Cancer patients can get coverage under health care law, but some of best hospitals off-limits
Administration: Networks will get closer scrutiny next year
Of the 19 that responded, four reported access through all insurers: the Kimmel Comprehensive Cancer Center at Johns Hopkins in Baltimore; Fox Chase Cancer Center in Philadelphia; Duke Cancer Institute in Durham, N.C.; and Vanderbilt-Ingram Cancer Center in Nashville, Tenn. One caveat: Some insurers did not include these cancer centers on certain low-cost plans.
Two centers have special circumstances. The best known is St. Jude's Children's Research Hospital in Memphis, Tenn. Treatment there is free as long as children have a referral.
For the remaining 13, the gaps are evident.
In Buffalo, N.Y., Roswell Park Cancer Institute is included by five of seven insurers in its region. But statewide, the picture is much different: Roswell Park is not included by 11 of 16 insurers. Dr. Willie Underwood, associate professor of surgical oncology at the teaching hospital, says that's a problem.
"Overall, when you look at the Affordable Care Act, it improves access to cancer care," Underwood said. "When it comes down to the exchanges, there are some concerns that we have. That is not being critical, that is being intelligent. There are some things we should talk about ... before they start becoming a problem."
Melanie Lapidus, vice president for managed care at Barnes-Jewish Hospital in St. Louis, home to Siteman Cancer Center, said she doesn't think patients realize the exchanges offer a more restrictive kind of private insurance.
Lapidus cited Anthem Blue Cross and Blue Shield, which includes Siteman in many of its plans outside the Missouri exchange, but none within the exchange.
"We have had many people say to us, 'I picked Anthem because you guys are always in their products, and I assumed you would be in their exchange products,'" Lapidus said. "It's still hard to tell who is in network and who is not."
In a statement, Anthem said its network was based on research involving thousands of consumers and businesses. "What we learned was that people are willing to make trade-offs in order to have access to affordable health care," the company said. "Our provider networks reflect this."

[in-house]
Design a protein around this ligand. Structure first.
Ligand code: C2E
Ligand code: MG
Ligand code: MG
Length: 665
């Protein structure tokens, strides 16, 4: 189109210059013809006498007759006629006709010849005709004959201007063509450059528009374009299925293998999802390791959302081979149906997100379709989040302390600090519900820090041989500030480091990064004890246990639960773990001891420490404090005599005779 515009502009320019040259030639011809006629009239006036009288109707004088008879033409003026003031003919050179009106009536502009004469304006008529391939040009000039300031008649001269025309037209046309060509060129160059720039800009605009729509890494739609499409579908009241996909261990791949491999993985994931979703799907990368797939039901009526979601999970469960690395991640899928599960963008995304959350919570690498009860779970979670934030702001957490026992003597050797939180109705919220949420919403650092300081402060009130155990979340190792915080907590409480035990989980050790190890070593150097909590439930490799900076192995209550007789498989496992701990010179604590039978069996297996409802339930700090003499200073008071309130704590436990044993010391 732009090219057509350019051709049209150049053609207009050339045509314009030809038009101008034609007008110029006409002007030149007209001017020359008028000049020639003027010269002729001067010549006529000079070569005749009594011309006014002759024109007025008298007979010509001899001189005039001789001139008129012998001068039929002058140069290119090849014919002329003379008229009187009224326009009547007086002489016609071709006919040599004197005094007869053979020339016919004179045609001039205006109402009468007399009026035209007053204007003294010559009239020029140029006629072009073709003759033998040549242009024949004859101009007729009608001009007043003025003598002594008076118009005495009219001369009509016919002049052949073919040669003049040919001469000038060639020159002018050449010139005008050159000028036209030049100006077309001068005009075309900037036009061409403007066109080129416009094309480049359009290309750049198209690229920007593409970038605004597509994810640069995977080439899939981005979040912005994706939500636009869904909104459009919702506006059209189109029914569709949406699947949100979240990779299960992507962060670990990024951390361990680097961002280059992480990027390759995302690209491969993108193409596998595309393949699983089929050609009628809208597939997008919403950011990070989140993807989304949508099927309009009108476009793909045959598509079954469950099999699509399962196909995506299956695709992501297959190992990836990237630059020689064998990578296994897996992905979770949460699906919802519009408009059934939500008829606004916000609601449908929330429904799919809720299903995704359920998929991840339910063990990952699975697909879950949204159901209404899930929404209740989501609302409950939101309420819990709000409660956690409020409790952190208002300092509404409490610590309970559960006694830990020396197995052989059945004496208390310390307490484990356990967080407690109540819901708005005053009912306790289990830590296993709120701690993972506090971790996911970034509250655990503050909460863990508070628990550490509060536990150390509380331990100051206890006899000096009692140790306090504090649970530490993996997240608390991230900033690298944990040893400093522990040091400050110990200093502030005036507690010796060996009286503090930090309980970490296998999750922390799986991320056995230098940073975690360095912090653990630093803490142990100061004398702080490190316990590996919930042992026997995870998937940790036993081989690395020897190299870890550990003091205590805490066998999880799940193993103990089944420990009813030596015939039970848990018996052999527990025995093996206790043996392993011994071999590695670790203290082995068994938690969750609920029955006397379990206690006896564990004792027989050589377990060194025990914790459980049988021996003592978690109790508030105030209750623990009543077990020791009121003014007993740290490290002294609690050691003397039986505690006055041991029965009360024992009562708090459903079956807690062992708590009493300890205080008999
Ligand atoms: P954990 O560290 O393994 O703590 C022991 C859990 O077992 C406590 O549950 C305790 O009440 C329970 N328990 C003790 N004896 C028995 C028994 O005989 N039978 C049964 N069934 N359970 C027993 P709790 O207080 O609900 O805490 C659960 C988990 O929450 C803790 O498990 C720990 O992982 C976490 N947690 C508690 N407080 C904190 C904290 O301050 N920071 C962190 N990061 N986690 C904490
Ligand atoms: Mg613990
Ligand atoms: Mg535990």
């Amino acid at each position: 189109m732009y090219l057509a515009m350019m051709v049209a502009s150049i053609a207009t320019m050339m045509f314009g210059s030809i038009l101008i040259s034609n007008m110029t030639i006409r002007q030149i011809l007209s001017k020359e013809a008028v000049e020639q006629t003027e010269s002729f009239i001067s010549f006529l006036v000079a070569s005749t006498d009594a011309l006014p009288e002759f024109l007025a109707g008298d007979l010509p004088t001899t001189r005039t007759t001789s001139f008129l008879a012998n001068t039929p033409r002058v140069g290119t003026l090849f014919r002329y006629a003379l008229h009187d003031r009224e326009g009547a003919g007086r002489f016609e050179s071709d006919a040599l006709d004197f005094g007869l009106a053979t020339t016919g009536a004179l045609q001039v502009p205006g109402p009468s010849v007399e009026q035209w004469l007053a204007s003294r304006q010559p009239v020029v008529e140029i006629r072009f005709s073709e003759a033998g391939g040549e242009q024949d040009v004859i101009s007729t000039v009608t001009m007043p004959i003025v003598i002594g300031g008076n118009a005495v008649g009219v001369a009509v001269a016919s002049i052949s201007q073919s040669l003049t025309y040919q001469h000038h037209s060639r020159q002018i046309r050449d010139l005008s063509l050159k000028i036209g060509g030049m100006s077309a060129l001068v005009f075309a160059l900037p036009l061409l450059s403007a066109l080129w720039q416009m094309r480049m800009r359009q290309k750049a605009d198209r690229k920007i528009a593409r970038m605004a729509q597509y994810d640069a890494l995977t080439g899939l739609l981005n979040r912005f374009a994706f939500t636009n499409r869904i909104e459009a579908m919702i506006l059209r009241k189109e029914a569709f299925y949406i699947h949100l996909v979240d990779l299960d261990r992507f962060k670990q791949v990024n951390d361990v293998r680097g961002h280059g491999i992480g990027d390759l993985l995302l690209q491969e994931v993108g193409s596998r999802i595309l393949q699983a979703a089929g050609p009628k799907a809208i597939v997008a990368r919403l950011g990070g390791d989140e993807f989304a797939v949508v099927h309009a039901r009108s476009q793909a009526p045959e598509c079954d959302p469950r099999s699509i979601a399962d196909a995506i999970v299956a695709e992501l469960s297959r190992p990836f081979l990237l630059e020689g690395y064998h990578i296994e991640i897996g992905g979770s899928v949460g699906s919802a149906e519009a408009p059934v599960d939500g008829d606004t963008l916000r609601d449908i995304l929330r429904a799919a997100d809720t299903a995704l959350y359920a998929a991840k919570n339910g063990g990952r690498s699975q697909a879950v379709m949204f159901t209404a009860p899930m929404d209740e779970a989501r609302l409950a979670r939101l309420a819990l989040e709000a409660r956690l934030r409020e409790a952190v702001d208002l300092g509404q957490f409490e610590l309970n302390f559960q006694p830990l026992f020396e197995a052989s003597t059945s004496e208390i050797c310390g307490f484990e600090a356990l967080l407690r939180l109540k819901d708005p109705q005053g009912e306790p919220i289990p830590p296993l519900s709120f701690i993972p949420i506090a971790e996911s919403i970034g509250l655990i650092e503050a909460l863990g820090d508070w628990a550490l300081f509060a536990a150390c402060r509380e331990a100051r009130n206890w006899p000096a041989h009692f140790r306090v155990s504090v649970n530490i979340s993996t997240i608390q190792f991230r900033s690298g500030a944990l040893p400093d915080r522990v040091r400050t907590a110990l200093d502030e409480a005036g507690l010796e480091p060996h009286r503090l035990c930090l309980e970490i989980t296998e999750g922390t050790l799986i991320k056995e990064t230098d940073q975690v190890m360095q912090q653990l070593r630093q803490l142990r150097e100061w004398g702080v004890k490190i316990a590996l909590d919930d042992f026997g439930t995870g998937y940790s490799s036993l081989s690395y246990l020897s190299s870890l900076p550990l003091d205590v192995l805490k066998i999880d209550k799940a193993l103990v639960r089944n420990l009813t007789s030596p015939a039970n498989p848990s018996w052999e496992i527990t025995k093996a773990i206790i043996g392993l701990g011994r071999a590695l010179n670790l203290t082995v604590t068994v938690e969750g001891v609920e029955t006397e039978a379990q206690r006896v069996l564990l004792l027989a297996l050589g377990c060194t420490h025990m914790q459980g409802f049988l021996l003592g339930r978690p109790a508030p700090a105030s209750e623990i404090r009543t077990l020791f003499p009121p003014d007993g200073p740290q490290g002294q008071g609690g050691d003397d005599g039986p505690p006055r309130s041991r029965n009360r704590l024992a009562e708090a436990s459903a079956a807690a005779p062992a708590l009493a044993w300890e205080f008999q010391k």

Huntsman Cancer Institute in Salt Lake City is included by five of six Utah insurers, but Mark Zenger, who manages the center's negotiations with insurance companies, said he's concerned about getting left out by Humana, a major carrier.
"We are worried about the potential to have these Humana exchange members seek treatment and have no other option," Zenger said.
Humana spokesman Tom Noland said patients can have access to Huntsman for complex procedures, on a case-by-case basis.
Some state insurance regulators see a problem.
"I want insurers to be able to innovate and come up with new product designs," said Mike Kreidler, insurance commissioner for Washington state. "At the same time, there is a requirement for regulators like myself to be vigilant to make sure there aren't unreasonable compromises."
The Obama administration says it has notified insurers that their networks will get closer scrutiny for next year in the 36 states served by the federal exchange. Cancer care will be a priority, it says.
The Associated Press asked 23 institutions that are part of the National Comprehensive Cancer Network whether they were included in the networks of insurance companies operating on their state's exchange. Here are the responses they provided:
Fred & Pamela Buffett Cancer Center, Omaha, Neb.: In-network with three of four exchange insurers, but one of them includes Buffett only on some plans. A fourth insurer does not include Buffett.
City of Hope, Los Angeles: In-network for one of three major insurers; a fourth is a health maintenance organization with its own hospital system.
Dana-Farber, Boston: No response.
Duke Cancer Institute, Durham, N.C.: In-network with the two insurers on the exchange, although not included in a low-price option.
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